If you’re trying to get pregnant and you’re not having success, pelvic adhesive disease could be contributing to your infertility. With pelvic adhesive disease, scar tissue causes the organs in your abdomen and pelvis to stick to each other. “It typically affects the uterus, fallopian tubes, ovaries, and small and large intestines,” said Rachael Smith, DO, a gynecologic surgeon with Banner – University Medicine Women’s Institute in Phoenix, AZ.
Oftentimes there are no symptoms with pelvic adhesive disease. Therefore, you may not know you have these adhesions unless you are having difficulty getting pregnant. Or sometimes, you might find out you have pelvic adhesions when you have surgery for another condition. While it’s usually asymptomatic, pelvic adhesive disease can contribute to chronic pelvic pain in some cases.
What causes pelvic adhesive disease?
A few different factors could cause this condition:
- Previous surgery. You might develop pelvic adhesions if you’ve had surgery on your uterus, fallopian tubes, ovaries, appendix or intestines.
- Sexually transmitted infections. “The most common infections causing pelvic adhesive disease are sexually transmitted infections like gonorrhea and chlamydia, especially when these are not caught and treated early enough,” Dr. Smith said.
- Endometriosis. This chronic condition where tissue that’s normally inside your uterus grows outside your uterus can also cause pelvic adhesions that can lead to infertility.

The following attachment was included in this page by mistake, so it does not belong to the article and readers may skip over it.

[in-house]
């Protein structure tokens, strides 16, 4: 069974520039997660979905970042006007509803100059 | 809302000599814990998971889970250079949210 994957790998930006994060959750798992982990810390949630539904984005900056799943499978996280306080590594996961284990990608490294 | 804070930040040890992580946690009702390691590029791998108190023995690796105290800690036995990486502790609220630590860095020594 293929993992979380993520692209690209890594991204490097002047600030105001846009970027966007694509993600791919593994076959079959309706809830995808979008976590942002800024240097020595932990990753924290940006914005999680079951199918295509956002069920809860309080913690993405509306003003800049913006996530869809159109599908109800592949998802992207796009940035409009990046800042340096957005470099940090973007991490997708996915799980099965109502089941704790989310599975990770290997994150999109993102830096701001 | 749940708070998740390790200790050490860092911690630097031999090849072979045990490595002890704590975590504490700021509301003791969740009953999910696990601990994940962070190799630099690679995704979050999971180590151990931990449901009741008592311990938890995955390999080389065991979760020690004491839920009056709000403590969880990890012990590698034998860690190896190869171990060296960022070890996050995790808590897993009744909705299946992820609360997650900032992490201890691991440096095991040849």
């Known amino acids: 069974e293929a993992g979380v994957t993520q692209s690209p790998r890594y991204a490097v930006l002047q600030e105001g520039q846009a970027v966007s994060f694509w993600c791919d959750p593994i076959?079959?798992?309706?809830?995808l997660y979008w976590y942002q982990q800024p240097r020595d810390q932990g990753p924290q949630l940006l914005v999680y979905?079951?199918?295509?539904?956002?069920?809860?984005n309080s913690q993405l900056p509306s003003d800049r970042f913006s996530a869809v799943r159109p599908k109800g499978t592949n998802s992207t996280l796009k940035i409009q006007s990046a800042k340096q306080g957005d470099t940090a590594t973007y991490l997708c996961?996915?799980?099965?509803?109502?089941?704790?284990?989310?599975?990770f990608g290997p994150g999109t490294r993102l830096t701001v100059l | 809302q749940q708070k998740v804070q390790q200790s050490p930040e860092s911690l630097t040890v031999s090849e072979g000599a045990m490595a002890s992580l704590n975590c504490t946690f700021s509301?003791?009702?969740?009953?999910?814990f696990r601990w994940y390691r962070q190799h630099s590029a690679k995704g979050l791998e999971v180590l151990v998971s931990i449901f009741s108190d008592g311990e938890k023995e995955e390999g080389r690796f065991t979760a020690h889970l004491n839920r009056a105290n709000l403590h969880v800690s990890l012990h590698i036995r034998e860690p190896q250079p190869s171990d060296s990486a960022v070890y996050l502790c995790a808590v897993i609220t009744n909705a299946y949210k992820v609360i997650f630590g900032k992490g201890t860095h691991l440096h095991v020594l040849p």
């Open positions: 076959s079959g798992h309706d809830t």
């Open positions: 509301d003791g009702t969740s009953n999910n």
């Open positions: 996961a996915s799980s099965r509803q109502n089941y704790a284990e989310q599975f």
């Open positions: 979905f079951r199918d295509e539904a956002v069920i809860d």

- Intestinal infections. Diverticulitis and appendicitis can cause pelvic adhesions as well.
How does pelvic adhesive disease affect infertility?
When you ovulate, your ovaries release an egg, and the egg travels through a fallopian tube, where it can meet with sperm and become fertilized. If scar tissue blocks the opening to your fallopian tube, the egg and the sperm can’t meet. Scar tissue could also push the ovary and the fallopian tube further apart, making it harder for the egg and sperm to connect.
How is pelvic adhesive disease diagnosed?
Surgery can diagnose pelvic adhesive disease, but it’s not recommended unless you’re having surgery for another reason, such as to remove endometriosis. Sometimes, a pelvic ultrasound can show that the gynecologic organs appear stuck together. “But this isn’t a reliable way to diagnose adhesions,” Dr. Smith said.
Because it’s hard to diagnose pelvic adhesive disease, you should seek treatment if:
- You have chronic pelvic pain, especially if the pain doesn’t seem related to your menstrual cycle.
- You have been trying to get pregnant for 12 months and you are under age 35.
- You have been trying to get pregnant for six months and you are age 35 or older.
How can pelvic adhesive disease be treated?
Treatment depends on what’s causing pelvic adhesive disease. Medical and surgical options can help treat causes like endometriosis and pelvic infections. Surgery to remove the adhesions alone isn’t recommended since studies haven’t found that it helps.
The bottom line
If you’re trying to get pregnant without success or you have ongoing pelvic pain, pelvic adhesive disease might be to blame. Several conditions could be causing pelvic adhesive disease and treating them could help you get pregnant or alleviate your pain. For help diagnosing and treating pelvic adhesive disease reach out to your gynecologist or find a health care provider near you by visiting bannerhealth.com.
To learn more about conditions that could affect your fertility, check out these articles:
- 11 Infertility Myths and the Facts Behind Them
- Diagnosing Fertility: Common Tests on the Pathway to Pregnancy
- PCOS: What Is It and Why Is It So Hard to Diagnose?